The United States didn’t agree with Snowden, and they said that the things he’s done are illegal and very dangerous. In 2013, the US canceled his passport, and the Department of Justice unsealed charges against him for 2 counts of breaking the Espionage Act of 1917. However, he managed to find a home and received Russian citizenship in 2022.

3. John Schilling

One of the reimbursement supervisors at Columbia Healthcare, John Schilling, and 4 of his coworkers decided to press Financial Crimes Act (FCA) charges against their bosses and accountant, KPMG Peat Marwick. They did it because they noticed dishonest practices, including 2 books to deceive Medicare.

Columbia paid $840 million without admitting any guilt, while KPMG paid $9 million. None of them admitted or denied wrongdoing in the settlements. Moreover, the whistleblowers and their legal representatives received approximately $220 million for their work.

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4. Harry Markopolos

Bernard “Bernie” Madoff was the well-known non-executive chairman of the NASDAQ stock exchange. He used one of the largest Ponzi scams in history and tricked thousands of investors, charity groups, retirees, and Hollywood celebrities into investing and actually losing their money. He actually managed to cheat them out of a total of close to $65 billion.

He tricked those people and managed to keep the business going for more than a decade by paying early investors with the money he received from the latest ones. However, the fact that he always had money and huge financial gains made fund manager Harry Markopolos highly suspicious.

Markopolos tried to warn others about Madoff for years before the scheme was revealed, but he was disregarded each time. He decided to do more research and prove to everyone that Bernie was indeed guilty of fraud. Soon enough, he found inconsistencies in Madoff’s plan and realized that repeatable profits were unrealistic.

There was some truth to his assessment that Madoff’s returns were too wonderful to be true. 8 years after Markopolos’ first warning to the SEC in May 2000, the fraud was finally found, and Bernie received the punishment that he deserves. He died of natural causes on April 14, 2021, while imprisoned at the Federal Medical Center, near Butner, North Carolina.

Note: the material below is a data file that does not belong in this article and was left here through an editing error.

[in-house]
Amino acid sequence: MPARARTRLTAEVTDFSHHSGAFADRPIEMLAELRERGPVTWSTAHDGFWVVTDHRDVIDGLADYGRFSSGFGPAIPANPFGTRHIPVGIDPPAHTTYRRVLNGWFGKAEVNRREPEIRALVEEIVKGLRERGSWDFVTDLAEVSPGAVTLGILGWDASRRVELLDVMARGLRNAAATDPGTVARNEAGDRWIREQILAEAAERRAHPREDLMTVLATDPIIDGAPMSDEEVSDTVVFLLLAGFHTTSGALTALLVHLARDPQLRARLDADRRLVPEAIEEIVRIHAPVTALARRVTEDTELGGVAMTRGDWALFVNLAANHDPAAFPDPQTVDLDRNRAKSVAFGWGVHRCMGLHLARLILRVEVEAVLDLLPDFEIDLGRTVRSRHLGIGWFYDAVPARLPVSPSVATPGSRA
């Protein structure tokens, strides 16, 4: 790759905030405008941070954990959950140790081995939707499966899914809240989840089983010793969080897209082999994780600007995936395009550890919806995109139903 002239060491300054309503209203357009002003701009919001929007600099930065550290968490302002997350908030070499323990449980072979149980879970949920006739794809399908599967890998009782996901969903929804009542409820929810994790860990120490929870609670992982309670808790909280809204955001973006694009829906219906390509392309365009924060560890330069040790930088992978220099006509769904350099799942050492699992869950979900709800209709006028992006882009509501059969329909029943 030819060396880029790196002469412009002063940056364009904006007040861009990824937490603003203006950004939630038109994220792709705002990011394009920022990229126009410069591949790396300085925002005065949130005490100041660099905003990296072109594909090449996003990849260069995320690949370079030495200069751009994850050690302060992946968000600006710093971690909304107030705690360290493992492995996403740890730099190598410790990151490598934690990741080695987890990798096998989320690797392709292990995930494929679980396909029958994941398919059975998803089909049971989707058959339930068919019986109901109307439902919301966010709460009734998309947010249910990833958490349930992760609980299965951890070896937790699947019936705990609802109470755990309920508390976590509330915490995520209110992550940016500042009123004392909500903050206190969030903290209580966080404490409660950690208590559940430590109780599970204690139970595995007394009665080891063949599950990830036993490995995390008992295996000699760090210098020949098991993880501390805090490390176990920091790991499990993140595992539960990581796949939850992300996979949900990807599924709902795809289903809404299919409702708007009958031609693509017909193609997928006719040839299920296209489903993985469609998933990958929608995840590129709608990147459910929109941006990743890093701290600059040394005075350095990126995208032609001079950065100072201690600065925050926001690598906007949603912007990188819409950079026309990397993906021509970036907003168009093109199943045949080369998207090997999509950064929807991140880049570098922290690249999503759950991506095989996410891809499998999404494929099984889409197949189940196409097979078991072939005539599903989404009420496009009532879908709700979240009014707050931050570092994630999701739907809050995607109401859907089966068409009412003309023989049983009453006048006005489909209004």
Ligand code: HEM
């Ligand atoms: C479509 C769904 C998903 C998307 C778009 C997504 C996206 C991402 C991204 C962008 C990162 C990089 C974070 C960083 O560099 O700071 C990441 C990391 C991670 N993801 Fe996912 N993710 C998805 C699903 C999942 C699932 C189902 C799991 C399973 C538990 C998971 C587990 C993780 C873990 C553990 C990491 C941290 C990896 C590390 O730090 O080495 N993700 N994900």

5. Cheryl Eckard

Large pharmaceutical corporations can face legal difficulty but can frequently avoid criminal prosecution by settling out of court for impressive amounts of money without admitting guilt. The pharmaceutical company GlaxoSmithKline is a prime example of this kind of wrongdoing.

Cheryl Eckard is a woman who worked for almost a decade at the GlaxoSmithKline company until she became a whistleblower and ended her career. She first observed problems in production at one of the company’s factories in 2003 and spoke out against them. In 2002, after years and years of dispute and controversy, Glaxo paid $94 million to avoid civil litigation.

Chelsea Manning whistleblower
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6. Chelsea Manning

…People think that this scandal is the most important leak of secret information in U.S. history. 

In 2010, while she was on a work mission in Iraq, a woman named Chelsea Manning, who was an army intelligence analyst, leaked thousands of pages of classified military papers to a website called WikiLeaks.

The leaks also included recordings of an attack on Baghdad on July 12, 2007, and an airstrike in Afghanistan in 2009, as well as a diplomatic cable from the United States and Army reports that became known as the Iraq War Logs and the Afghan War Diary.

When she was asked by the official her motive for doing those things, she said that she wanted to show the whole world the real costs of war.

The documents were released by WikiLeaks and its media partners, such as The New York Times, The Guardian, and Der Spiegel, between April 2010 and April 2011. Once the information became public, the press all over the world wanted to know more about this huge scandal that shook the political world.

In July 2013, a court-martial found Chelsea Manning guilty, and she was given a 35-year sentence, but in January 2017, President Barack Obama commuted all but 4 months of her sentence.

…If you want to read more about things that shaped our country’s history, we recommend this article: 9 Interesting Facts About Native American Tribes!